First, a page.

Demography Set to Be the Next Disruptor for Multifamily
Technology is often talked about as the biggest disruptor facing the multifamily industry, but demographic changes could have an even greater impact on the housing market, according to Joseph Coughlin, director of the AgeLab at the Massachusetts Institute of Technology.
Speaking at the National Multifamily Housing Council’s 2019 Apartment Strategies Outlook Conference, Coughlin discussed how population shifts and changing generational behaviors could significantly alter the dynamics of the apartment sector.
The Changing Makeup of the Population
With people living longer than ever before and not having as many children as in past decades, the U.S. population is increasingly aging. In fact, one American turns 73 every seven seconds, Coughlin noted.
“By 2047, there will be more people over the age of 60 on the planet than children under the age of 15,” he added.
These older adults also have new preferences, including the desire to have active lifestyles and age in place. Those that choose to downsize, or have to out of necessity, are increasingly moving into multifamily buildings, boosting rental demand in recent years.
They’re also often looking for walkable communities with access to amenities. Unlike many of their Millennial counterparts who have flocked to urban downtown areas, the older generation is moving to smaller, urban-like cities, including college towns like Ann Arbor, Michigan, which are connected to transportation and a variety of restaurants and shopping.
Many in the Baby Boomer and Senior Age segment are also living alone, which is the fastest-growing renter segment, Coughlin noted. In the U.S., 27% of households only consist of one person.
Millennials Delaying Adulthood
Millennials’ unique behaviors are also contributing to the overall aging population. Their lifestyle choices are different than those of their predecessors, with many delaying the typical life stages of marriage, homeownership and having children.
Due to financial constraints or personal lifestyle choices, many Millennials don’t own a home, which has contributed to the apartment market’s stellar performance and the homeownership rate hitting historical lows during this economic cycle.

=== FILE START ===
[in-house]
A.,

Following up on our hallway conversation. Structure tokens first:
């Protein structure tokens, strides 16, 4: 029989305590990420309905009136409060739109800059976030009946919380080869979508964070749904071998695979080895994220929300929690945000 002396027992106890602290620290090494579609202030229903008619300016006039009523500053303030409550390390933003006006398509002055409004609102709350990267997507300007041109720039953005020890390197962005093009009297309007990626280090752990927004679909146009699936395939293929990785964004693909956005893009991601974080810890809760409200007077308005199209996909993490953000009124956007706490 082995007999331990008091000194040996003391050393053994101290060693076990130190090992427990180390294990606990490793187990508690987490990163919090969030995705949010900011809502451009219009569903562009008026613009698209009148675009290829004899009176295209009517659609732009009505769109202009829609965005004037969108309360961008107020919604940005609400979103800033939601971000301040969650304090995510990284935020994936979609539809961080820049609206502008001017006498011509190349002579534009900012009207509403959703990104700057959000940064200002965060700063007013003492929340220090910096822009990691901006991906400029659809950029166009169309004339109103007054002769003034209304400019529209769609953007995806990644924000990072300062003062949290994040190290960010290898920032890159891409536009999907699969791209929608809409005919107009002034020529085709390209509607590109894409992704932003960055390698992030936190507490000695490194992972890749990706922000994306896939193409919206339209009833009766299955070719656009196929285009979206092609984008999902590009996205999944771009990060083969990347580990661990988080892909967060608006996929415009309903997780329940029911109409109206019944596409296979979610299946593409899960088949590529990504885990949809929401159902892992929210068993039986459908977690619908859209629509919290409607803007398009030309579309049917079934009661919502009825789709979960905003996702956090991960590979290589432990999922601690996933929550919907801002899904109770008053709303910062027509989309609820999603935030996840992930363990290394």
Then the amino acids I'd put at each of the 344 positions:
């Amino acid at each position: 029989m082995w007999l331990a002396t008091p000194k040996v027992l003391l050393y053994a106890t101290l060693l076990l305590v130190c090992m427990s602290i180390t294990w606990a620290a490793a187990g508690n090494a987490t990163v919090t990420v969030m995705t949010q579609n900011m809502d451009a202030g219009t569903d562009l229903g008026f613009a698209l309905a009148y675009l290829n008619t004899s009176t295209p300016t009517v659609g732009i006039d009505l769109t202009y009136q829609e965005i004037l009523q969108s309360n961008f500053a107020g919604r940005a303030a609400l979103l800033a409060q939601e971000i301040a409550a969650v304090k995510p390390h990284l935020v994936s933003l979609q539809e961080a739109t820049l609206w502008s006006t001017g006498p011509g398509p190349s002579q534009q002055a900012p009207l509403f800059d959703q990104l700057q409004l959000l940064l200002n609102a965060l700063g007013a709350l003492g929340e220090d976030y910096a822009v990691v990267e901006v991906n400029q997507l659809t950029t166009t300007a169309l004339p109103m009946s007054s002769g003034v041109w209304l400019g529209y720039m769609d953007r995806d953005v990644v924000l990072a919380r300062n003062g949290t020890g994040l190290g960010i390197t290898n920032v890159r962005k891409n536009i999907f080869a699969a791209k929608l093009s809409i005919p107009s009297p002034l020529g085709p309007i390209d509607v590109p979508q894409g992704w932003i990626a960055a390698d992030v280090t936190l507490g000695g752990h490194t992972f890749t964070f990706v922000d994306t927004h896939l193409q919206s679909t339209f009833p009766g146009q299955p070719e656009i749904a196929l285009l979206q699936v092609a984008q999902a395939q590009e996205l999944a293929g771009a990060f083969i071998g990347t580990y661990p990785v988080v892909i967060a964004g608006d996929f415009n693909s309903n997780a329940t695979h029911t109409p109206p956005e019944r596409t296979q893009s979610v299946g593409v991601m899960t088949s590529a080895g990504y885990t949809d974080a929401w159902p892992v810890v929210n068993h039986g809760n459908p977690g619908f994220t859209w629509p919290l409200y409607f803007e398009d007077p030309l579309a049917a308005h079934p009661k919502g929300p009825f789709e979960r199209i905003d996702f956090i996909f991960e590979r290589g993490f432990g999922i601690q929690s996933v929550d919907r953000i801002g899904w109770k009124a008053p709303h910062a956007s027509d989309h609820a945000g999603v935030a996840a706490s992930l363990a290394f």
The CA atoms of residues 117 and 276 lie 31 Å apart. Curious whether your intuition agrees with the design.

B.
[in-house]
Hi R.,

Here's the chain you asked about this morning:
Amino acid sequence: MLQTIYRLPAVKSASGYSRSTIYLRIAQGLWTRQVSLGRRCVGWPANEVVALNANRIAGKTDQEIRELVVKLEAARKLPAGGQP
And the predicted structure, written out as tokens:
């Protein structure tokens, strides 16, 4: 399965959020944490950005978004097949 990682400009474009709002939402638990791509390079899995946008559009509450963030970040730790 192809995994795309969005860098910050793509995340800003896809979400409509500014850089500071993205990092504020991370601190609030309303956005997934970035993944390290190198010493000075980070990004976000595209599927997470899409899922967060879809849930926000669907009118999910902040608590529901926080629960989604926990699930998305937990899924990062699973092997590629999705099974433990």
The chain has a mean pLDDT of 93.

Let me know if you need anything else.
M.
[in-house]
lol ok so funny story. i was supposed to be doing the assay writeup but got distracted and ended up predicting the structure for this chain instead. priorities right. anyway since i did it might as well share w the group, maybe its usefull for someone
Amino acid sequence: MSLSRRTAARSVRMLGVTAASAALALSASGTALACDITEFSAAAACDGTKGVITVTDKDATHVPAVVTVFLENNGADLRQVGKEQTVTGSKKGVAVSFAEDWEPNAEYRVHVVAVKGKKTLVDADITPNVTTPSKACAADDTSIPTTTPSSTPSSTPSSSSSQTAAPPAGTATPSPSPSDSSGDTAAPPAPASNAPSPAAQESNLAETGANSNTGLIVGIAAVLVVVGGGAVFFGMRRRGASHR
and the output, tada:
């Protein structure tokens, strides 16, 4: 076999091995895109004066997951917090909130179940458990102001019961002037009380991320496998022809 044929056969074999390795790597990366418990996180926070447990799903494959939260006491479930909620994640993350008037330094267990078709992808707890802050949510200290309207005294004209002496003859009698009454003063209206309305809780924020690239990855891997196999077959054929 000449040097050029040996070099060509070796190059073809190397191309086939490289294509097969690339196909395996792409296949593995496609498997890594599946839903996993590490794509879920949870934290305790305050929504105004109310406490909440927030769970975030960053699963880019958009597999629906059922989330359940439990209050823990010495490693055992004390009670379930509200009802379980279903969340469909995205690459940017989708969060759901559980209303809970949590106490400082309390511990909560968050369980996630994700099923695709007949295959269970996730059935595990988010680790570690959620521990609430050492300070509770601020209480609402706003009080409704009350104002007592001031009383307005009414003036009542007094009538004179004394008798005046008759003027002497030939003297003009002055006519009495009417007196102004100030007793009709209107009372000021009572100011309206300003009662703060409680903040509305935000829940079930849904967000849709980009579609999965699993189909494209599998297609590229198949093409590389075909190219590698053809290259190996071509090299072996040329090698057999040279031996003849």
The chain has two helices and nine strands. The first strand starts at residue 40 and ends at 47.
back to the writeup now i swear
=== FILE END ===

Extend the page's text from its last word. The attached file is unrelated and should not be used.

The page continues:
However, there has been some reversal in the attitudes of Millennials towards owning a home. The rate has slowly increased from 35.6% in the third quarter of 2017 to 36.8% in the third quarter of 2018, according to the U.S. Census Bureau. It will be interesting to see how the rentership and homeownership rates trend in the coming years.
Millennials also differ from their predecessors in their decisions to have a family. The average age to marry for women is 27.4 and 29.5 for men, compared to 20.3 years for women and 22.8 for men in 1960, according to the Pew Research Center. Only two in five Millennials were married in 2015, compared to two in three in 1980.
In terms of having children, while parents of Baby Boomers averaged 3.8 children per household — hence the creation of the Baby Boomer generation — and Baby Boomers averaged about 2.0 children per household, Millennials are looking closer to 1.7 per household. Today, one in five women are childless, and the new births that are happening are largely from women age 35 and older, Coughlin reported.
Integration of Work and Life
Another major shift we’re seeing in today’s society is the evolution of the workplace. There are currently five generations in the labor market, Coughlin noted, as older adults are retiring later. This is posing a challenge for employers to offer a work environment that meets everyone’s needs.
Millennials have been a disruptor for the traditional office space. They have pushed back against the traditional cubicle-style office layouts. Instead, they are calling for more flexible workspaces and the ability to work remotely. While much discussion used to be around work-life balance, the Millennial generation largely doesn’t distinguish between work and play, introducing the concept of “work-life integration,” Coughlin said.
This preference has carried over to the apartment market and contributed to its rebound after the recession, as many multifamily developers and owners have found success in creating live-work-play communities.
But multifamily owners will have to innovate and partner with technology companies to offer the connectivity young renters want. Coughlin noted that by 2022, a typical household could have more than 500 smart devices, according to a Gartner report.
It remains to be seen exactly how all of these factors will impact the multifamily market, but it’s clear that changing preferences and the makeup of the U.S. population will lead to significant shifts in the way multifamily stakeholders build, invest in and manage apartment communities.